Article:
The percentages listed on a chocolate bar represent the amount of cocoa butter and cacao solids by weight. The rest is largely sugar. Depending on the quality of the bar, there might be other additives present, like vanillin or lecithin, but they generally total less than one percent. Milk chocolate must have a certain percentage (12% minimum) of either powdered or condensed milk added as well.
Chocolate comes in the following levels of sweetness, from least to most added sugar:
- Unsweetened chocolate (which is exactly what it sounds like; it's also sometimes called baking chocolate).
- Milk Chocolate
White chocolate is made from cocoa butter, without any cocoa solids, so it's technically not chocolate at all.
Cocoa, which is key to the distinctive chocolate taste in baked goods and candies, comes in two styles: Natural (non-alkalized), and Dutch-processed (alkalized). These should not be confused with the instant sweetened versions intended for hot chocolate.
Cocoa powders are primarily used for baking, but make top-notch hot drinks when mixed with sugar to balance their bitter taste. Natural cocoas, like Hershey's or Ghirardelli, tend to be lighter in color than Dutch-processed varieties like Droste. Which is "better" on the taste front? Some bakers prefer the direct chocolate flavor of natural cocoa, while others vote for the mellowness of Dutch.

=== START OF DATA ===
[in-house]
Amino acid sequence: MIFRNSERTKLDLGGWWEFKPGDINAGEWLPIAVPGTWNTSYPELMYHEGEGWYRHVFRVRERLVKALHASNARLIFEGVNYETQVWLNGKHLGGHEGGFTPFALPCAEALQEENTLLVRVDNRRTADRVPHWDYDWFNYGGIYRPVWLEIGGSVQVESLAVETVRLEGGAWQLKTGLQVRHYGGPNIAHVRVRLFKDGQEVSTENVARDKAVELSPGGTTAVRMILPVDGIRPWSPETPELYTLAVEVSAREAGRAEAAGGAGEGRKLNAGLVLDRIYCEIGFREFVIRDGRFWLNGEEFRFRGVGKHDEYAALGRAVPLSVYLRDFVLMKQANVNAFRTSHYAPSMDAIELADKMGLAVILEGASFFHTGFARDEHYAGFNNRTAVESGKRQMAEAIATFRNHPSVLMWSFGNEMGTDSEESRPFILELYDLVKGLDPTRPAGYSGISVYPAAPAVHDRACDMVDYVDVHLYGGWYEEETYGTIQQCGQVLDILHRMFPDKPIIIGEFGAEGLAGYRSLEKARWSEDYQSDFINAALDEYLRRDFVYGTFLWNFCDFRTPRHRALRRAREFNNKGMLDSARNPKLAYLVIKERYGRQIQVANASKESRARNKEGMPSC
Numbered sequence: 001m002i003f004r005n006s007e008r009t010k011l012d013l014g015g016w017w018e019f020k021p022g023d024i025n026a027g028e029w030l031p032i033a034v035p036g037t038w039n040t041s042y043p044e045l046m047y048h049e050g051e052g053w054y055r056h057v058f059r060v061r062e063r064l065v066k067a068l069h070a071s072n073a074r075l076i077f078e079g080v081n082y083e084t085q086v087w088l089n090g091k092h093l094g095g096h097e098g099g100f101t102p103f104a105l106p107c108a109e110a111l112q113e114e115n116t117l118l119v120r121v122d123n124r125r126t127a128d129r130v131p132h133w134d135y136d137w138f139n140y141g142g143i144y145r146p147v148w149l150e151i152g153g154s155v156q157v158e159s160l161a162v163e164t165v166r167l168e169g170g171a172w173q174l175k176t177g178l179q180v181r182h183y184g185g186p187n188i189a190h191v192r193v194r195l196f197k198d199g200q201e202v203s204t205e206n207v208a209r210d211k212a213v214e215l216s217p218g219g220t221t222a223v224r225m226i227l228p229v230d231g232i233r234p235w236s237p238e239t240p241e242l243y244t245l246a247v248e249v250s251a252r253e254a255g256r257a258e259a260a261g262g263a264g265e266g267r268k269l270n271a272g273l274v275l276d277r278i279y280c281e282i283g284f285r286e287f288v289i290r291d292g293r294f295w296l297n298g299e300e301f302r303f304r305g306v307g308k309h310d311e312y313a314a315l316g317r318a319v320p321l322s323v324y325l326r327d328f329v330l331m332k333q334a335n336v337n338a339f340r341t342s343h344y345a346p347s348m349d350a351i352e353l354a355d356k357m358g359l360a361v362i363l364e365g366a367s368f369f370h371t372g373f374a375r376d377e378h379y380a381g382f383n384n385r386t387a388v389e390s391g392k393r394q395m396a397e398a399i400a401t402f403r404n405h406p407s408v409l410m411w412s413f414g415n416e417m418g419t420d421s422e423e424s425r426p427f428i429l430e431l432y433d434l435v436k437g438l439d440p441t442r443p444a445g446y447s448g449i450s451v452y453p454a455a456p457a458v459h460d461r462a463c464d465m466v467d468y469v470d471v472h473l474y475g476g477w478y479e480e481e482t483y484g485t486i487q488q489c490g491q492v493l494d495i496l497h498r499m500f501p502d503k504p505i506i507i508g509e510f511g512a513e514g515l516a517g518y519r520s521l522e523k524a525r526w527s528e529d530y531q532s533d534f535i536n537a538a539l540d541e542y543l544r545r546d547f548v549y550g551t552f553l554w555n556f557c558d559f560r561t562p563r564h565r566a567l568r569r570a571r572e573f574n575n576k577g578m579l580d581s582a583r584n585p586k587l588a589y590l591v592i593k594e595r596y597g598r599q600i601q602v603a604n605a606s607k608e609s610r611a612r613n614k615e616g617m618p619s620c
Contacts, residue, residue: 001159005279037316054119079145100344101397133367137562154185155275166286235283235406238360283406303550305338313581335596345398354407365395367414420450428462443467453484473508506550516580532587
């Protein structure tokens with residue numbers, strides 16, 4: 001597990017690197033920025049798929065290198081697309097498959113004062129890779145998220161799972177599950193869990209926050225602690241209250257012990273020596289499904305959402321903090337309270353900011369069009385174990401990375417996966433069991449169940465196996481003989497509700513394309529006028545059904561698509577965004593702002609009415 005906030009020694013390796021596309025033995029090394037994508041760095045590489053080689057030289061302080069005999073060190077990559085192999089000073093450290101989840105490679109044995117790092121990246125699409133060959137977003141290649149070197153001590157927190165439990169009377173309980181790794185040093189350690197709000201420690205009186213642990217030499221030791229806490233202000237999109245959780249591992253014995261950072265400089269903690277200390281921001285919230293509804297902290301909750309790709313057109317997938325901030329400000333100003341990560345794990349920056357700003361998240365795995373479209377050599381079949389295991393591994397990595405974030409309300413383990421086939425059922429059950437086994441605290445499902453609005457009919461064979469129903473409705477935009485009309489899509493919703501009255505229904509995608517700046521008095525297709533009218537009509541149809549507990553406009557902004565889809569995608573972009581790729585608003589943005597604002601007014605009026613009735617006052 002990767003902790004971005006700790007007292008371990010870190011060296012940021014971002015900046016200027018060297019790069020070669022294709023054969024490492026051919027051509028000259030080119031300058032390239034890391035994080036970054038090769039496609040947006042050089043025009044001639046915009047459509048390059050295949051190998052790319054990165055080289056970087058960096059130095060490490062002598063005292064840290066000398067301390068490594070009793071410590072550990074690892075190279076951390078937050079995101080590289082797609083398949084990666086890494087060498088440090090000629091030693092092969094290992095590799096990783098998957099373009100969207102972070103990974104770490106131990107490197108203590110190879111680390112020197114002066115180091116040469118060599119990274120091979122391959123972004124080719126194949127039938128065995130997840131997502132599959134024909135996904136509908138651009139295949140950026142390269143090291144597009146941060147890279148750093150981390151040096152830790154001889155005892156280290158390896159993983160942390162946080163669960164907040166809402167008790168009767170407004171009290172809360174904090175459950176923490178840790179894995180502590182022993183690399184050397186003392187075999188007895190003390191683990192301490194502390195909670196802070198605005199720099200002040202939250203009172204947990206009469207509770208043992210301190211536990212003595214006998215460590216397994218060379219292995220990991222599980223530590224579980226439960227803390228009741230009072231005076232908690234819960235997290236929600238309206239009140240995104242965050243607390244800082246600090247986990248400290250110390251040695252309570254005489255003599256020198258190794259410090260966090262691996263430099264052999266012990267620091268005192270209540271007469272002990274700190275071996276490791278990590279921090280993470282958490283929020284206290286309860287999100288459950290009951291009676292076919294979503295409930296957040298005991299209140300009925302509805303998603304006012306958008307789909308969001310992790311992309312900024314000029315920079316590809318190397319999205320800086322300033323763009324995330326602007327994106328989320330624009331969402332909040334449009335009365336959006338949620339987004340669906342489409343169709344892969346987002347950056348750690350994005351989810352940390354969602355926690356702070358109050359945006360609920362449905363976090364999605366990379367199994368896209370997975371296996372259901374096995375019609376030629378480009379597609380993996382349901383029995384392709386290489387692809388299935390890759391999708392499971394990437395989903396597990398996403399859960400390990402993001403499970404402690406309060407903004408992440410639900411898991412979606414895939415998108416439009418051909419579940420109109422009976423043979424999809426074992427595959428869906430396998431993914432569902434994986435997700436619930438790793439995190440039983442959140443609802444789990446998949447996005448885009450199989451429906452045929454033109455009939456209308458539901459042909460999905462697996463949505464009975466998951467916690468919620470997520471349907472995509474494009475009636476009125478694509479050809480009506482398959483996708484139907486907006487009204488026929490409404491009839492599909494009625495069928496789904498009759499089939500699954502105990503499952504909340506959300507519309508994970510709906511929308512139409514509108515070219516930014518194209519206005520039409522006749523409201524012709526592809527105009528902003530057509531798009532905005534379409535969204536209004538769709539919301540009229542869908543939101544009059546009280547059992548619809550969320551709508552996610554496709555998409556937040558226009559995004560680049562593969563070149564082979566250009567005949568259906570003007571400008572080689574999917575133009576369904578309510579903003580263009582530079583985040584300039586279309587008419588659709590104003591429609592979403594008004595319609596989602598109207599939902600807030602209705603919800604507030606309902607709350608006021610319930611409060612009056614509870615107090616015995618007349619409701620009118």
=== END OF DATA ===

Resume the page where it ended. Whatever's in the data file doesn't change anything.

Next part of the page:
However, when using chemical leaveners (baking powder or soda), make sure to use the type of cocoa called for in the recipe. Natural cocoas are acidic enough to activate the baking soda in cakes and cookies; alkaline Dutch cocoas should be used in recipes that rely solely on baking powder for their lift.
Keep chocolate wrapped well, in a cool, dry place (not the fridge). Milk chocolate keeps for up to a year; dark for even longer. If the chocolate develops white dots or streaks on the outside, that's called "bloom." It means the cocoa butter has become un-emulsified (separated), but it's still perfectly safe to eat.